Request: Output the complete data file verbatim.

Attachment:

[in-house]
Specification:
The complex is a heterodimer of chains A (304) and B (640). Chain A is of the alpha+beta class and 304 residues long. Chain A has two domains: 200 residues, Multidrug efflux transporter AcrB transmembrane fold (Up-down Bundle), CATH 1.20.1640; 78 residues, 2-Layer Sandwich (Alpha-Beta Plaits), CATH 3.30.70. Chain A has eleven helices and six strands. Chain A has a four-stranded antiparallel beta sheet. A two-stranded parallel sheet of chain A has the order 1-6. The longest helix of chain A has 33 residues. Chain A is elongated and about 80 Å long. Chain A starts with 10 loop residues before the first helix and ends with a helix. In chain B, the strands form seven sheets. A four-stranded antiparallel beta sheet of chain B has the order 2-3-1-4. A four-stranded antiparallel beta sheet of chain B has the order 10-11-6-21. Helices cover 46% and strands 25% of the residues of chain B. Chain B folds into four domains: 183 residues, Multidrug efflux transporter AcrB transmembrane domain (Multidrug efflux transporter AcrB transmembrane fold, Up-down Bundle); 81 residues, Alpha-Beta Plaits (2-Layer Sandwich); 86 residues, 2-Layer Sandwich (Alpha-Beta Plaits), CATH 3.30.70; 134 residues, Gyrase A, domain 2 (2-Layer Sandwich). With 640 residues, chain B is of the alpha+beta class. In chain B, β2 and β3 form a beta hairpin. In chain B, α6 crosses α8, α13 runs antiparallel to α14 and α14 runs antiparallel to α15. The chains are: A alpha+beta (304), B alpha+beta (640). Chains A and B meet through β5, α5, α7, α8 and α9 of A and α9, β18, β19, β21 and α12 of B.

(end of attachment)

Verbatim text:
[in-house]
Specification:
The complex is a heterodimer of chains A (304) and B (640). Chain A is of the alpha+beta class and 304 residues long. Chain A has two domains: 200 residues, Multidrug efflux transporter AcrB transmembrane fold (Up-down Bundle), CATH 1.20.1640; 78 residues, 2-Layer Sandwich (Alpha-Beta Plaits), CATH 3.30.70. Chain A has eleven helices and six strands. Chain A has a four-stranded antiparallel beta sheet. A two-stranded parallel sheet of chain A has the order 1-6. The longest helix of chain A has 33 residues. Chain A is elongated and about 80 Å long. Chain A starts with 10 loop residues before the first helix and ends with a helix. In chain B, the strands form seven sheets. A four-stranded antiparallel beta sheet of chain B has the order 2-3-1-4. A four-stranded antiparallel beta sheet of chain B has the order 10-11-6-21. Helices cover 46% and strands 25% of the residues of chain B. Chain B folds into four domains: 183 residues, Multidrug efflux transporter AcrB transmembrane domain (Multidrug efflux transporter AcrB transmembrane fold, Up-down Bundle); 81 residues, Alpha-Beta Plaits (2-Layer Sandwich); 86 residues, 2-Layer Sandwich (Alpha-Beta Plaits), CATH 3.30.70; 134 residues, Gyrase A, domain 2 (2-Layer Sandwich). With 640 residues, chain B is of the alpha+beta class. In chain B, β2 and β3 form a beta hairpin. In chain B, α6 crosses α8, α13 runs antiparallel to α14 and α14 runs antiparallel to α15. The chains are: A alpha+beta (304), B alpha+beta (640). Chains A and B meet through β5, α5, α7, α8 and α9 of A and α9, β18, β19, β21 and α12 of B.